Mr. MacSherry said a relative of Mr. Alexander approached current Zoning Enforcement Officer James G. Millington Jr. in January to ask about the six-month renewal but was apparently told that Mr. Alexander had a year, or until July, to obtain the renewal. Mr. Millington declined comment on the matter. Mr. Alexander appeared before the Planning Board in July, and it was agreed that a site-plan review would be conducted and affected neighbors, including Mrs. Grogan, were notified of a public hearing on the matter scheduled for August. However, unbeknownst to the Planning Board, Mr. Millington renewed Mr. Alexander’s permit in July and, once he received the extension, the Planning Board lacked the authority to call for a site-plan review and the planned public hearing was canceled.

Mr. Pundt points to a problem with the extended permit: neither the commercial nor the residential box is checked as a proposed use. In fact, no box is checked. Mr. Pundt maintains that the first permit was improperly issued because both boxes were checked, while the extension was improperly issued because neither box was checked.

“When this came before the Planning Board, somebody should have caught the fact that this was not allowed in the River district since this array is too big,” Mr. Pundt said. “The problem is, if you’re going to do this under the old law, there was no site-plan review and the original permit expired in January.”

A question also remains as to when Mr. Alexander actually started work on the project, although Mr. MacSherry has visited the site and says he was “stunned” by the amount of equipment Mr. Alexander has installed, estimating he has already invested about $80,000 on the project.

“The term vested popped out at me. He wasn’t just all talk,” Mr. MacSherry said.

Mr. MacSherry said he has “been castigated for weeks” for an offhand remark he made at a Planning Board meeting suggesting that solar array would be in a gully off Route 12E, meaning it would not block anyone’s view of the river, a consideration made during the formation of the new zoning law, which encourages solar power production.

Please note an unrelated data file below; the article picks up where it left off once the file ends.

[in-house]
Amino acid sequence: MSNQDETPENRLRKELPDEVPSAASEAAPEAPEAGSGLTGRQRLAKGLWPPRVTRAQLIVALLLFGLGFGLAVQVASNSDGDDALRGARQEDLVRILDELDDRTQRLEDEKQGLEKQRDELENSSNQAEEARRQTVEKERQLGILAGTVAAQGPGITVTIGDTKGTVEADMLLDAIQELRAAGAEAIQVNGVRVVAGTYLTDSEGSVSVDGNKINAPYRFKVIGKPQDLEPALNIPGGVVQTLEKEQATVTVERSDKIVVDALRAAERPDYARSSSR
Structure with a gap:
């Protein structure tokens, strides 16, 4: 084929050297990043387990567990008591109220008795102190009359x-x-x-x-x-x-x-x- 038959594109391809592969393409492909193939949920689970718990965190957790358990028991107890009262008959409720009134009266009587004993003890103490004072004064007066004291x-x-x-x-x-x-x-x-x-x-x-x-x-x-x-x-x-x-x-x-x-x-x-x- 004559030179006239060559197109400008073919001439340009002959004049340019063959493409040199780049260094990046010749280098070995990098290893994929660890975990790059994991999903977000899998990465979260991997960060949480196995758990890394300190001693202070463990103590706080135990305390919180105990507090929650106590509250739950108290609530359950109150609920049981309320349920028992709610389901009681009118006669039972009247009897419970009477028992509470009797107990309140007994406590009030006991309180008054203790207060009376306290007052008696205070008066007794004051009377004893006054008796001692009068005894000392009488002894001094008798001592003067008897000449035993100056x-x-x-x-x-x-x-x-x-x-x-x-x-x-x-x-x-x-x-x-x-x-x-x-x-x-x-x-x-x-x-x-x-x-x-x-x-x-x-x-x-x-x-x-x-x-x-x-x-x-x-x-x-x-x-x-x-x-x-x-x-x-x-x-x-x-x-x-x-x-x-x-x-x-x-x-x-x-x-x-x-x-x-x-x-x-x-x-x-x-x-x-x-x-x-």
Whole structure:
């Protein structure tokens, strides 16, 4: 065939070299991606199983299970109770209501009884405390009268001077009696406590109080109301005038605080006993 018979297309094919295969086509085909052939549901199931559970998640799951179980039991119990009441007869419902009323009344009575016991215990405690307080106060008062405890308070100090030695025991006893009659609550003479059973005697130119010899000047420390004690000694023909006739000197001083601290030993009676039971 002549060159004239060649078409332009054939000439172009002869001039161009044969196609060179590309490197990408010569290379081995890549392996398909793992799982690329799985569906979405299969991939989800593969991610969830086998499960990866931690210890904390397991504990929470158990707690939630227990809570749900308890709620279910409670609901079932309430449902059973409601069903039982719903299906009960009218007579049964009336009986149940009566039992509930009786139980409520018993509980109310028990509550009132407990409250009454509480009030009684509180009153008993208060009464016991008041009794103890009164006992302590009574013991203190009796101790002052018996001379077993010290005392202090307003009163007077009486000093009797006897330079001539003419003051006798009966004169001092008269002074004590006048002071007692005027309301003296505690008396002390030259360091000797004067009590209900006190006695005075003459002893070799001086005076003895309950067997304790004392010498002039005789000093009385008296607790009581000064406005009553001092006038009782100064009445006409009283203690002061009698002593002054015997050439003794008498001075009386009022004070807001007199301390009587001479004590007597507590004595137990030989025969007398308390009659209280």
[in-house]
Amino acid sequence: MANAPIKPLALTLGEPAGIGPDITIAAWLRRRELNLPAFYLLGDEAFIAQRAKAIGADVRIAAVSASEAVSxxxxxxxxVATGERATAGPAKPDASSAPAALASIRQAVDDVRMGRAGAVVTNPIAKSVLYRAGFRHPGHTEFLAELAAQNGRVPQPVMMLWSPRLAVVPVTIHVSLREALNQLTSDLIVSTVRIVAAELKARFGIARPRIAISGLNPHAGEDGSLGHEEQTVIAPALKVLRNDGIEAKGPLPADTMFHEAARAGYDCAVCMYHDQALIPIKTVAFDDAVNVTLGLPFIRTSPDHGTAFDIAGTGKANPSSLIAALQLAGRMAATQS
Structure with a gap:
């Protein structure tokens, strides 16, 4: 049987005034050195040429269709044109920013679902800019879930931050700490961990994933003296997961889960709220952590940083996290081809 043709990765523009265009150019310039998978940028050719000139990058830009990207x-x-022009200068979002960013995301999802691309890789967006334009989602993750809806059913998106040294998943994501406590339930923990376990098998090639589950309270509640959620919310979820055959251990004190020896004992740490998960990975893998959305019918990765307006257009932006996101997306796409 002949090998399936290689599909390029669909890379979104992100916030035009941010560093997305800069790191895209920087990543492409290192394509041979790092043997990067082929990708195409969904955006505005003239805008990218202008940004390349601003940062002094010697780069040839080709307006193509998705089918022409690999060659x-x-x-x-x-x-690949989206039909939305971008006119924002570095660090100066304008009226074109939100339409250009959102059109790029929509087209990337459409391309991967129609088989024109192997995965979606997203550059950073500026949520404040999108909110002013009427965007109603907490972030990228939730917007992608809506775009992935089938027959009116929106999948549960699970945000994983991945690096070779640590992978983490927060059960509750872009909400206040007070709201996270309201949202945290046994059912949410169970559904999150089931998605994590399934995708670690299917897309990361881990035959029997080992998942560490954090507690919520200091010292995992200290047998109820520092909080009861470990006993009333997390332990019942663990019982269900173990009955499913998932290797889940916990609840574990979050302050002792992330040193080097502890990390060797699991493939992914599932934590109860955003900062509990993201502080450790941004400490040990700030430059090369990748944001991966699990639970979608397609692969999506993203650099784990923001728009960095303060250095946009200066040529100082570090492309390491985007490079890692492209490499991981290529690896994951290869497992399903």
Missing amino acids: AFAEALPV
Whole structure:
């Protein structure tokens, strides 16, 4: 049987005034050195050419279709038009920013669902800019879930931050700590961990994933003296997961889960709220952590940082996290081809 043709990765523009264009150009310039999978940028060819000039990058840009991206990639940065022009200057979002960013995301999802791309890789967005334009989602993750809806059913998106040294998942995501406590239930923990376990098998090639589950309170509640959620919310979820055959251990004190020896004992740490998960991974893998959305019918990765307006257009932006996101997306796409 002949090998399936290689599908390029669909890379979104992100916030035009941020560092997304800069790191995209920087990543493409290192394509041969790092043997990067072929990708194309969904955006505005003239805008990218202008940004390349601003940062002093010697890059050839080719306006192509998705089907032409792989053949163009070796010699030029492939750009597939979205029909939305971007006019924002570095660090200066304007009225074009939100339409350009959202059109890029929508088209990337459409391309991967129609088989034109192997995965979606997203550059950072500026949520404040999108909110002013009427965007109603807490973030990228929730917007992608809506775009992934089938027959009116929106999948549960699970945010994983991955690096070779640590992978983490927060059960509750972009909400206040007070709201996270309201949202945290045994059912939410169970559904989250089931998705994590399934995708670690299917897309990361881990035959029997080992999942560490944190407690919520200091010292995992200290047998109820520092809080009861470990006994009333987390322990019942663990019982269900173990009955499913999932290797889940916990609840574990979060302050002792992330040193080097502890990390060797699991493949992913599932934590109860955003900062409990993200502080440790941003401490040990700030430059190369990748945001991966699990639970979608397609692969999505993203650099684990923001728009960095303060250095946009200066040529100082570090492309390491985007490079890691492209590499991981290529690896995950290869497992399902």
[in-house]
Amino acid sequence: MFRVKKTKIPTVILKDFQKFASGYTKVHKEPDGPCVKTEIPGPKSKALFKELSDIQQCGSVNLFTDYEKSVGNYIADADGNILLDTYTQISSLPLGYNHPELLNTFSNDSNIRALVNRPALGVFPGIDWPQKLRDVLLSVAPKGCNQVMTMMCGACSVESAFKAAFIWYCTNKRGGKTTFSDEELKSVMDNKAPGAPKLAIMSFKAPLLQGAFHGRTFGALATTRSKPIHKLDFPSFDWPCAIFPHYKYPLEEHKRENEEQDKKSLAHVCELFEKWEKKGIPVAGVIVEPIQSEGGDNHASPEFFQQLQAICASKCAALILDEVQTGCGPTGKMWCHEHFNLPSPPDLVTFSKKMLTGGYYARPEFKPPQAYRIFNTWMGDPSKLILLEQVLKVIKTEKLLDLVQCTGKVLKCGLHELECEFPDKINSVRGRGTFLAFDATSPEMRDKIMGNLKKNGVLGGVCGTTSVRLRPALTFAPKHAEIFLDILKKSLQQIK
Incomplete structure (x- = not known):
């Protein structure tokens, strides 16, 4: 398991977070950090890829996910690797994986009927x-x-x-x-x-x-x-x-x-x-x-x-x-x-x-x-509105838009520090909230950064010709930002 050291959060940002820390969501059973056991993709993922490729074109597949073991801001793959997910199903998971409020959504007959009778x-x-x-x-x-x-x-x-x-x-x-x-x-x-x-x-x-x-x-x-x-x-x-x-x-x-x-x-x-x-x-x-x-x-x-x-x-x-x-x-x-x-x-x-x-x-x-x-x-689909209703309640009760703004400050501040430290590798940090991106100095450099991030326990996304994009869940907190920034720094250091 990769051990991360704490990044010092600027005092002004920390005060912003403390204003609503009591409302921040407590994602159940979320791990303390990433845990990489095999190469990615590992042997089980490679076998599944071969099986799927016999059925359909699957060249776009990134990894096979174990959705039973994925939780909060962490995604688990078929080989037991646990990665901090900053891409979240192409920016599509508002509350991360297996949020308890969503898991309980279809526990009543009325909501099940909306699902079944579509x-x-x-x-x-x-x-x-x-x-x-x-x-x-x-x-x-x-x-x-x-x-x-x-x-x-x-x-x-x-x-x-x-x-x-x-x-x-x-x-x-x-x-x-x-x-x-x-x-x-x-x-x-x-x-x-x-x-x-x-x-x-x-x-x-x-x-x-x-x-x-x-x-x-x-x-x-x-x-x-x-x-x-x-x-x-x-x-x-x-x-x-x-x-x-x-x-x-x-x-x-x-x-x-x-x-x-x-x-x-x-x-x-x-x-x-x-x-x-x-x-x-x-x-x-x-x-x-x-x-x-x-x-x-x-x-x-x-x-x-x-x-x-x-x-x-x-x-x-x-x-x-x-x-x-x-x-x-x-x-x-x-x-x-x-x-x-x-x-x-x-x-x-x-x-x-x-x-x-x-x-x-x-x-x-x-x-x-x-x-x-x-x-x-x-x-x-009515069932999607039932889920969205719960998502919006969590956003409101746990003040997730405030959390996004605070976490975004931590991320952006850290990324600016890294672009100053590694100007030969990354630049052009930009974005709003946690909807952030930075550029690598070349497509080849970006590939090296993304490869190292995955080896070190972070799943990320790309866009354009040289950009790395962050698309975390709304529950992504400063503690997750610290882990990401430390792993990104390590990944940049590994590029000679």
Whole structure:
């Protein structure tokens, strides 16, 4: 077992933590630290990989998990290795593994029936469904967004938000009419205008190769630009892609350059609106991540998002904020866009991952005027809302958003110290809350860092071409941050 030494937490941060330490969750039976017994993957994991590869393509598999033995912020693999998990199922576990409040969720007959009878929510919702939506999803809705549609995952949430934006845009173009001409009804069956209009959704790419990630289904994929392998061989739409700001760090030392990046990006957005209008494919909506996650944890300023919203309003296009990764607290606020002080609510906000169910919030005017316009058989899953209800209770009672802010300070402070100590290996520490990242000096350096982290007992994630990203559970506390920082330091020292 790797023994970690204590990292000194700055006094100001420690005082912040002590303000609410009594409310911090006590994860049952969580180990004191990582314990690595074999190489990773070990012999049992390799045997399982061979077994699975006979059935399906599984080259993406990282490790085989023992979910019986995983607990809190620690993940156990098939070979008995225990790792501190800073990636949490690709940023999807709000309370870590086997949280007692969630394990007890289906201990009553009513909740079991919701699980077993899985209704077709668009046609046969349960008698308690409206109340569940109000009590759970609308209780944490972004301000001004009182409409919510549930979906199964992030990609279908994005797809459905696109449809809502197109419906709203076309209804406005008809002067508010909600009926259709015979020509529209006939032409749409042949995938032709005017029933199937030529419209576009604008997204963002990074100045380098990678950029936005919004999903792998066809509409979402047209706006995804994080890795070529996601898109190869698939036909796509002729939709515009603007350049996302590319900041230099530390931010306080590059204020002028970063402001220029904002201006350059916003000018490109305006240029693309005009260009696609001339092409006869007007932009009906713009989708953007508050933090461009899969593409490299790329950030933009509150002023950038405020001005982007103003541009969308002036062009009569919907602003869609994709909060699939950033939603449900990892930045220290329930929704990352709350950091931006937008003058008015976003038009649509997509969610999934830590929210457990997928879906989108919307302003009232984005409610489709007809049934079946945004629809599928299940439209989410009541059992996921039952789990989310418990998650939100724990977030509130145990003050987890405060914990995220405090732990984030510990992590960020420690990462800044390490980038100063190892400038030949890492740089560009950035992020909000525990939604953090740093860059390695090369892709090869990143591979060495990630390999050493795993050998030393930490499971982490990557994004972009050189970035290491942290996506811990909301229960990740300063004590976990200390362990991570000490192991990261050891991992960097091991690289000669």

Mr. Pundt, who has blogged extensively on the zoning issue, contends that the town must interpret its zoning law literally, raising the specter that lawyers working for commercial wind turbine projects would try to take advantage of any loopholes in the law.

“The entire fate of our community hangs on this law and this is what we end up with?” Mr. Pundt said.

Mrs. Grogan said she is unsure of her next step, but said she is considering legal action. She said she wrote a letter with concerns to the Zoning Board of Appeals, but was told that she needs to file a formal request to have the matter brought before the board, as well as pay a $200 fee.

“Why can’t they protect my property? Why do I have to take money out of my pocket to do this?” Mrs. Grogan said.

Mr. MacSherry said the ZBA is taking a proactive approach to the issue and, even though Mrs. Grogan has not formally asked the board to review the matter, it is already doing so. He said he is also hopeful that Mrs. Grogan and Mr. Alexander can reach some kind of agreement, possibly involving the removal of the nonfunctioning wind turbine in exchange for the less-visible solar array.

“I would like to see a negotiated settlement between the parties that does not involve the town,” he said. “But in any event, we’re going to get right on this.”

Town Supervisor Urban C. Hirschey said that the Town Council has tried to stay abreast of the situation. He referred to pages 11 and 55 of the new zoning ordinance as proof the proposed solar array is allowed. Confounding the situation, he said, is the likely premature granting of the building permit. How to rectify that is something the Planning Board and Zoning Board of Appeals is working on.

“The truth is, we don’t have all the facts. My guess is we’ll have this ironed out in a week, although it may go to the courts because it may take a court to untangle this situation,” Mr. Hirschey said.